Dysphoric Milk Ejection Reflex, D-MER

Some breastfeeding women feel negative emotions such as sadness, depressed mood, anxiety, irritability or anger just before their milk lets down and starts to flow. These emotions can continue for a few minutes. This is known as Dysphoric Milk Ejection Reflex or D-MER.

Dysphoric Milk Ejection Reflex (D-MER) is an abrupt emotional “drop” that occurs in some women just before milk release and continues for not more than a few minutes. The brief negative feelings range in severity from wistfulness to self-loathing, and appear to have a physiological cause.

Rather than forming a continuum like the numbers on a scale, D-MER symptoms seem to form a spectrum of three distinct and different emotions (depression, anxiety, anger) whose intensity varies from woman to woman

[D-MER] is not related to postpartum depression, and it’s not a breastfeeding aversion. D-MER is a specific, abrupt physiological reflex around milk release. Moms with D-MER feel fine throughout the rest of the day; it’s only during milk ejection that the world becomes momentarily bleak.

What causes it?

Physiological not psychological

D-MER is thought to have a physiological cause (a physical and chemical process occurring in the body) over which there is little control. Heise and Wiessinger liken it to a reflex action that you cannot stop:

Imagine tapping your knee to cause a reflexive jerk. Now tell yourself that you are going to resist the reflex with all your will, and tap again. Does your willpower make any difference? This is precisely the problem for the mother with D-MER. The emotions are unavoidable. She can feel them coming, but cannot stop them.

Drop in dopamine

D-MER has been linked to the drop in dopamine (a chemical messenger released by the brain) that occurs whenever milk is released. During the let down, dopamine may fall more than usual in some women or they may be more sensitive to it, and this is thought to cause the negative feelings of D-MER:

an abrupt drop in dopamine may occur when milk release is triggered, resulting in a real or relative brief dopamine deficit for affected women.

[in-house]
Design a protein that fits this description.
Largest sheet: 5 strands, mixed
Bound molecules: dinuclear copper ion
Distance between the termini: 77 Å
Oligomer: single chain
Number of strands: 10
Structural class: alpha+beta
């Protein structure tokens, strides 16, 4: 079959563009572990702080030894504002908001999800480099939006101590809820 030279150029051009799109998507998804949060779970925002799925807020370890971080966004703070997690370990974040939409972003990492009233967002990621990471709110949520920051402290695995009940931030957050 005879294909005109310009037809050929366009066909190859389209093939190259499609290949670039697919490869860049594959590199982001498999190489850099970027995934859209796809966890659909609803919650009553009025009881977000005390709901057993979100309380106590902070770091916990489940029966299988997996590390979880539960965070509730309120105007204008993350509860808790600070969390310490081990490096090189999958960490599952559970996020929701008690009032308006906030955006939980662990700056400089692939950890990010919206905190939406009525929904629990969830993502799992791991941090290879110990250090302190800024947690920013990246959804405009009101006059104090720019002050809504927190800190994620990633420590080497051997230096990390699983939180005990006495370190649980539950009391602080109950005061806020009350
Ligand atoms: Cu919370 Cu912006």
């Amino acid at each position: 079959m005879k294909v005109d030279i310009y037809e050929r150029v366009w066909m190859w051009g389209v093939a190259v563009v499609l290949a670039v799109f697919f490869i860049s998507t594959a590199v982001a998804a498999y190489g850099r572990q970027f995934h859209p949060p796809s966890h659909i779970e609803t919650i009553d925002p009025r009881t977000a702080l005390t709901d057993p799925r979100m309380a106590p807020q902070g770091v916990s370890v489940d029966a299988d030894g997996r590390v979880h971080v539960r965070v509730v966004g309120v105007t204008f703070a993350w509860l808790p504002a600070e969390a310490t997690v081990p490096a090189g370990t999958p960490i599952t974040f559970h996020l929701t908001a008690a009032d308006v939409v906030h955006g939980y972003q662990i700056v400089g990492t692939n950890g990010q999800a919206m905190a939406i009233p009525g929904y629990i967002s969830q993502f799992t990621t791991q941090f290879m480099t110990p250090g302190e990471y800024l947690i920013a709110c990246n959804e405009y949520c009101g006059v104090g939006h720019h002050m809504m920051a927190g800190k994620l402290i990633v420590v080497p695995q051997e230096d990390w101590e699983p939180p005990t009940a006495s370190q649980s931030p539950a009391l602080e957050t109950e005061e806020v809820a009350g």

Treatment for D-MER

Suggestions for helping D-MER sufferers include using food, herbs or prescription medication that increase dopamine levels. There is a comprehensive discussion of possible treatments on Alia Macrina Heise’s Dysphoric Milk Ejection Reflex website under the headings:

  • Natural treatments—includes a discussion on the herb rhodiola and other herbs, certain foods, B-vitamin complex, acupuncture, or even alternative therapies such as craniosacral or chiropractic therapy, music therapy or hypnosis.
  • Prescription treatments—includes a section on the medication Bupropion.

Heise also recommends trying to track the severity of a mother’s symptoms to identify particular triggers:

mothers should be encouraged to track their D-MER in a log to help them become aware of things that may aggravate their symptoms (stress, dehydration, caffeine) and things that may help relieve the symptoms (extra rest, better hydration, exercise.) They should look into lifestyle changes and natural remedies to help them further.

Mothers with more severe D-MER may need a prescription in order to manage her D-MER if she feels she may wean because of it. Thus far, treatments that increase dopamine levels in a mother treat D-MER effectively.

Seek help and support

Most women with D-MER usually find that their symptoms gradually reduce, sometimes disappearing as time goes on but for others symptoms do not completely disappear until their baby is weaned and they are no longer breastfeeding. Finding out as much as possible about D-MER and seeking help and support can make D-MER more manageable. Two good places for assistance include the D-MER.org website and a Facebook support group run by Alia Macrina Heise.

Clinicians can support women with D-MER in several ways; often, simply knowing that it is a recognised phenomenon makes the condition tolerable.


Dysphoric Milk Ejection Reflex or D-MER, is a collection of negative emotions—anxiety, depression, anger—experienced by some breastfeeding mothers just before they have a milk let down (milk ejection reflex). These feelings last for a few minutes. The cause is thought to be due to a sudden drop in dopamine during let down which can affect susceptible women. There are a number of treatments available that can help.